The outstanding facial animations help add to the character involvement too. They seem more alive and it's surprisingly easy to get caught up in the game and forget they are actually animated.

Solving cases might include the slightly over the top and tedious clue finding, but despite this it is still a great and important part of the game. Interrogations and questioning of both victims and suspects are great to conduct and are where the facial motion capture really comes into play.

There are things wrong with the game, but at the same time it seems almost hard to put it down and heavily criticise in any way. It is easily one of the most involved games I've ever had the pleasure of playing. It's not just witnessing the story, it's being a proper part of it. Other games do a similar thing but L.A. Noire is very unique in everything it tries to do.

It's an outstanding game and highlights even further just how incredible Rockstar are when it comes to making deep, richly detailed games of any genre. Obviously a lot of the credit for this game goes to Team Bondi too, so thumbs up to them!

2012 - Max Payne 3

Rockstar's first attempt at developing a Max Payne game went incredibly well. Max Payne 3 is an outstanding game and, as it seems with all Rockstar releases, it proves yet another point about them. While Red Dead Redemption showed how gameplay, setting and story focused Rockstar are and L.A. Noire proved how character and story orientated as well as unique they can be, Max Payne 3 concludes that Rockstar can easily develop a far more scripted action game than other titles they've been a part of.

Rockstar did a fantastic job of replacing Remedy as devs of this very popular series. Max Payne 3 is an epic game for so many reasons. The awesome shooting mechanics and great cinematic feel would be nothing without the deep narrative and, in all honesty, sublime story.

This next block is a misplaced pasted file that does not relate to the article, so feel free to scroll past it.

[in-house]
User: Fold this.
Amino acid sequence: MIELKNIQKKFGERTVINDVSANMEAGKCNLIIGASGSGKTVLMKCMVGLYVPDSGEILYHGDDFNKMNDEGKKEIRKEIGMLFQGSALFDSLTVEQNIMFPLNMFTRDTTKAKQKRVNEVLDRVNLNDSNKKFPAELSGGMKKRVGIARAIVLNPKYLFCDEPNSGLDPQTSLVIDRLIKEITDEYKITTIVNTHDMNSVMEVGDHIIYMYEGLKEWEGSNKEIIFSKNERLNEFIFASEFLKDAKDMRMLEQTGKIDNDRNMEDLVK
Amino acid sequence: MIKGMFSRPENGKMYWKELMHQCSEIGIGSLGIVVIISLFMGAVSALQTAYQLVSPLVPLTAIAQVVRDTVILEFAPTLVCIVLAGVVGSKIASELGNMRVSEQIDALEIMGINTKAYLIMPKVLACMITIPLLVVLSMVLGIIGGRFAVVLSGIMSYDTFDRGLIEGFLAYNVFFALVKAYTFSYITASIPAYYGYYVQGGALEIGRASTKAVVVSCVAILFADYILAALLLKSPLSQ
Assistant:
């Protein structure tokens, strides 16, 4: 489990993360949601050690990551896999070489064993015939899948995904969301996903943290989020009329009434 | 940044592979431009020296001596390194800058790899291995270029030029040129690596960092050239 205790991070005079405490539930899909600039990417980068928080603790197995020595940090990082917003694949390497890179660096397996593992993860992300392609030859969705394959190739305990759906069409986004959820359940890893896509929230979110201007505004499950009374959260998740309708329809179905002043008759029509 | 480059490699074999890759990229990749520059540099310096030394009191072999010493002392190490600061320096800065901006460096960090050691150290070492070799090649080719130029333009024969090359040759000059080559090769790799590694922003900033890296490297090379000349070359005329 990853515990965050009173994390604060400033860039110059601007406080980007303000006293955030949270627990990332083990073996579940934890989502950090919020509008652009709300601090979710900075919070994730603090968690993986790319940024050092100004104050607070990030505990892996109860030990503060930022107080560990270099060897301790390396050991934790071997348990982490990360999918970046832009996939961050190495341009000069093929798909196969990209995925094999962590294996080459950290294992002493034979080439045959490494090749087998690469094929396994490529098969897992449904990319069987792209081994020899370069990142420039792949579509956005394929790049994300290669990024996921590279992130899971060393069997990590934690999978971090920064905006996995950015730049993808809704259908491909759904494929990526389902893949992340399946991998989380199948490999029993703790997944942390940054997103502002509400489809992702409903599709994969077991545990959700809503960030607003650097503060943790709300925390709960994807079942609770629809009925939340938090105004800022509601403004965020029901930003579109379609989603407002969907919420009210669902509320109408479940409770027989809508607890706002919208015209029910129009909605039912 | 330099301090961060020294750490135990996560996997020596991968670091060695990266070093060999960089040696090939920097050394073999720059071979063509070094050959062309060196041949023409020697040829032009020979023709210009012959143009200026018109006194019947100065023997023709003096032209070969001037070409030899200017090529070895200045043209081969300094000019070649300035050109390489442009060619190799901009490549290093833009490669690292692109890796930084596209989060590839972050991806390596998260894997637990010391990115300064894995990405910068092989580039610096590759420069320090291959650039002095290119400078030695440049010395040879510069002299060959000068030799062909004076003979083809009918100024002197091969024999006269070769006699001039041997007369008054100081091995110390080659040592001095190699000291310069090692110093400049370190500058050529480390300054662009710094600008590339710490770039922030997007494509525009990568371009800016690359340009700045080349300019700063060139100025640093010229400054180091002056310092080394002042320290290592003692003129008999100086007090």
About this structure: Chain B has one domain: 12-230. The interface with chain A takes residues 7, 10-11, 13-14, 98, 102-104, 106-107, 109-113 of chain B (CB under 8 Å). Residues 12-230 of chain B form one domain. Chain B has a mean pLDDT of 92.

Yep, Max Payne 3 is pretty much brilliant for similar reasons that Rockstar's last few games were so good. Gameplay: Check. Story: Check. Characters: Check. Graphics: Check. Voice Acting: Check - I think you get the picture. The bottom line is that this game rocks, but it rocks because of Rockstar (no pun intended). This is what Rockstar do; they create games with deep plots, sensational characters and voice work and really enjoyable gameplay. 
Sure, not all of their games are 'amazing'. I haven't been impressed by all of their work, no, but when I played Max Payne 3 and saw just how deep they kept the drug addicted, sleep deprived, heart broken character that is, well, Max Payne, it became so obvious that Rockstar are one of the best developers around.
They are getting better with every title released. I'm not a massive fan of their older work but as time goes by and games are released they are clearly one of the most capable developers there ever was. They can turn their hand to any genre; racing, shooting, action, sandbox or just outright violent trash (Manhunt) but they'll always come back with the same results: not just games worth playing, but games everyone has to play. 

Grand Theft Auto: V is obviously the soonest to be released and, quite frankly, I'm expecting it to be a bomb. Hopefully they will keep the game focused on being just as brilliant in all areas, including story and characters (and mini games) and ensure it is as involving to play as their last 3 games have been.

If they fix the issues that GTA: IV had and improve the formula, GTA: V could easily gain every Game of The Year award going.

Rockstar are also working on a supposedly Playstation exclusive franchise, the first game of which has been called 'Agent'. It's a stealth action game set during the cold war and focuses on political and secret missions. As usual it sounds just like a game like no other and will no doubt be as story orientated as ever (after all, we're dealing with politics here).

In all honesty I can't fault Rockstar - or at least the modern Rockstar. They've become far more focused on what their games offer and there is no reason for that to change in the future. The next generation will no doubt open up many new opportunities for developers, however it can be guaranteed Rockstar will be one of the main devs making the most of these new tools.

Rockstar, I salute you. You have provided me with hours of entertainment that has cost you up to and over 100Million dollars per game, at the expense of a mere £40 from myself. You are a top developer, and one to be respected by everyone for your contributions to the gaming world. If you were ever to stop developing, it would become apparent just how much you offer in your games, as we would all miss them.
Thank-you.